This Saturday at 1 pm, join us for a presentation by Maria Tatar called Once Upon a Time: Fairy Tales and Childhood. A professor of Germanic studies, folklore, and children’s literature at Harvard, Tatar is also the author of such amazing reference books as The Annotated Hans Christian Andersen, The Annotated Brothers Grimm and The Annotated Classic Fairy Tales.
I’m currently smack-dab in the middle of her newest book, Enchanted Hunters: The Power of Stories in Childhood and am really enjoying it. Pulling from a vast knowledge of the history of children’s literature and reading to children, as well as her own practical knowledge as a mother, the book explores the impact reading has on children and why certain stories stick with us long into adulthood. There’s also a wonderful appendix filled with quotes from famous writers about how books have changed their lives.
An expert on classic fairy tales and their history, on Saturday Tatar’s presentation will use the fairy tales illustrated by Lisbeth Zwerger as inspiration, to guide the audience through these childhood stories exploring their historical origins, their cultural complexities, and their psychological effects. Educators can even receive a PDP for attending. Click here for more details about the event.
A book signing will follow her presentation. I hope to see you all there!
Tuesday, September 21st, 2010
City Dog, Country Frog by Mo Willems, illustrated by Jon Muth
Through the four seasons of the book’s story, a dog from the city and a frog who lives in the country form a close but unusual friendship. Beautiful expressive watercolors extend the thoughtful, sparsely-stated text making the tale a poignant nod to the transience of time and the wonder of friendship.
Click here to buy City Dog, Country Frog.
Click here to read more Top of the Shelf book reviews.
Friday, September 17th, 2010
Last year in my course on picture books in the Simmons College at The Carle MFA program, we used the book Picture This by Caldecott Honor winning illustrator Molly Bang as one of our core texts. The book outlines principles of picture book illustration, breaking it down in the simplest of terms. Using a cut paper collage technique, Bang shows how the use of certain colors and shapes and their placement on the page can all be utilized to create a specific atmosphere or emotion. Cool colors and rounded shapes in a picture book’s illustration can make a reader feel calm and safe, while hot colors and pointed edges can have the opposite effect.
We were then challenged to create our own collage illustrations with just a very limited palette of colored paper, a pair of scissors, and a gluestick. Afterward, we all laid out our creations to show how each one tells a story and has an energy all its own. That’s the true power of picture book illustration!
Our collages inspired by Molly Bang's Picture This. Photo by Christy Yaros.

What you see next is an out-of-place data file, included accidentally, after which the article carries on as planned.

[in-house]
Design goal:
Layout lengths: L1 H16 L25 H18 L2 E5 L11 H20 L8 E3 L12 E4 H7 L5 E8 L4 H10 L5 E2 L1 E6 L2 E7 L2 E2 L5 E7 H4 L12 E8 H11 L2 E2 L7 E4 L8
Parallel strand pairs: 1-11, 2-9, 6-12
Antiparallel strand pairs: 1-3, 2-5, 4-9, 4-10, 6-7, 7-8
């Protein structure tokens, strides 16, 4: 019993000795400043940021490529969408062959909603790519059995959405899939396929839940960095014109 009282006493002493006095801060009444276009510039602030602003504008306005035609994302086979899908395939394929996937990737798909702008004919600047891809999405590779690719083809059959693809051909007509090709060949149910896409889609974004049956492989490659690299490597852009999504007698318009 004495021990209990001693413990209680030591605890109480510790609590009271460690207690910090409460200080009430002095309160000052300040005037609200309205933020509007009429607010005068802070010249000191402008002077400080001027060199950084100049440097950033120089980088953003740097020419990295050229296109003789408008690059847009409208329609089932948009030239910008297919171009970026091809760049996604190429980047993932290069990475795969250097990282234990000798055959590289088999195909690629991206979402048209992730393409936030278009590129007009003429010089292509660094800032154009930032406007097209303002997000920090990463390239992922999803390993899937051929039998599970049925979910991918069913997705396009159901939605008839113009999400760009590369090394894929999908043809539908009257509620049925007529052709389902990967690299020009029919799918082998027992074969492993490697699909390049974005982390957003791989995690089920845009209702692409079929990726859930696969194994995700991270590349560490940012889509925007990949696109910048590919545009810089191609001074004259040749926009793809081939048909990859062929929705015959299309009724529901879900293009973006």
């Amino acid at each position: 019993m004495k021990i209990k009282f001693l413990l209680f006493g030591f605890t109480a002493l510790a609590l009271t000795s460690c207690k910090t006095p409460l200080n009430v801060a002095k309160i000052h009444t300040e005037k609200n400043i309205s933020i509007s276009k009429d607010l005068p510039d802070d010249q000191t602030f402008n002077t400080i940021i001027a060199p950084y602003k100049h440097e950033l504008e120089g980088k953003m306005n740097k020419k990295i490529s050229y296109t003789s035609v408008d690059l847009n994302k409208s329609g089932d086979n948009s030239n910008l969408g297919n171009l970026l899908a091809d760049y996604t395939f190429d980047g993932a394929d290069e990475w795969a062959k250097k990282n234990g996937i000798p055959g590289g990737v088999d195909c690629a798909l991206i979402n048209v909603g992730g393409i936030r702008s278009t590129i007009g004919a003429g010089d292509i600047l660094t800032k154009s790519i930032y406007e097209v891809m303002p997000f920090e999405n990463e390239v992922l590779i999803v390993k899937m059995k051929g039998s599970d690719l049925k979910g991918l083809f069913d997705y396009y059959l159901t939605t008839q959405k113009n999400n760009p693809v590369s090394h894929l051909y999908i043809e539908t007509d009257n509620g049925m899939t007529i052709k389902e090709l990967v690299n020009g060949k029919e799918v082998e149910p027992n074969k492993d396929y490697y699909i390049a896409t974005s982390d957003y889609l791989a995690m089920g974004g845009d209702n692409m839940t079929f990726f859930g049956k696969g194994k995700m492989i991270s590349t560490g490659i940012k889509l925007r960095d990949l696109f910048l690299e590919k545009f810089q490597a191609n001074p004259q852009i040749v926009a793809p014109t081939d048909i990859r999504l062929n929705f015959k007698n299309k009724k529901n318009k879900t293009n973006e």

Sound like fun? Why not give it a try in your home or classroom or take one of our Carle Museum workshops. We’ll be offering a workshop using Molly Bangs’ Picture This on December 10th. Click here for more information.
Do you have a favorite book for teaching art or reading picture books in the classroom? Let us know in the comments below!
Thursday, September 16th, 2010
It’s hard to convince a bookstore to sell your book.
Back in 1993 an editor I know was in Chicago for a sales meeting, and stopped by my store—The Children’s Bookstore—with her marketing director. We went out to lunch. She told me that Barnes & Noble hadn’t been stocking many of her children’s books, so her team had come up with a clever strategem to bypass the B&N buyers. The editor and her marketing director had visited the B&N branch on the Upper West Side of New York City, and surreptitiously placed several books they had published right onto the B&N shelves.
I was surprised, and asked how this would benefit her company’s children’s books. She said that perhaps when someone attempted to buy the books, and the Barnes & Noble cashiers scanned the barcodes on the books, an automatic process would add the books to the Barnes & Noble inventory system, triggering a re-order!
Ahem. I do not know if this strategy works, since I don’t work for Barnes & Noble. But I can say that no publisher or author need revert to such a method when it comes to The Carle’s bookstore.
Last month I revealed we’re pushovers when it comes to pushing local authors. This month I hereby reveal that if you’re a professionally published author suffering from non-locality relative to Western Massachusetts, there’s a way for you to push your books onto our shelves as well, without convincing me (the quirky, picky bookbuyer-cum-gatekeeper).
All you have to do is be willing to energetically promote the museum online, before and after your visit.
Hands down, the author who has done the best job at following through at this quid-pro-quo offer has been Melanie Hope Greenberg.
I met Melanie during a discussion on Roger Sutton’s blog. When she figured out that I run the shop at The Carle she asked if I would sell her books. Since she had decided to start marketing herself energetically online, we agreed that she would run an event here and then blog about it.
Melanie extended the impact of the write-up on her blog by reminding her Facebook friends of her visit here, several times (citing the narrative link to her blog). Then when we set up her signed books on a page of our online store, she posted this link in several places, and then even compiled a list of all the links on yet another page of her website.
I would say that any author who will promise to do such an energetic job of promoting the museum, post-visit, would be very welcome to come here to promote their book—and we’ll keep the book on our shelves in the future as well.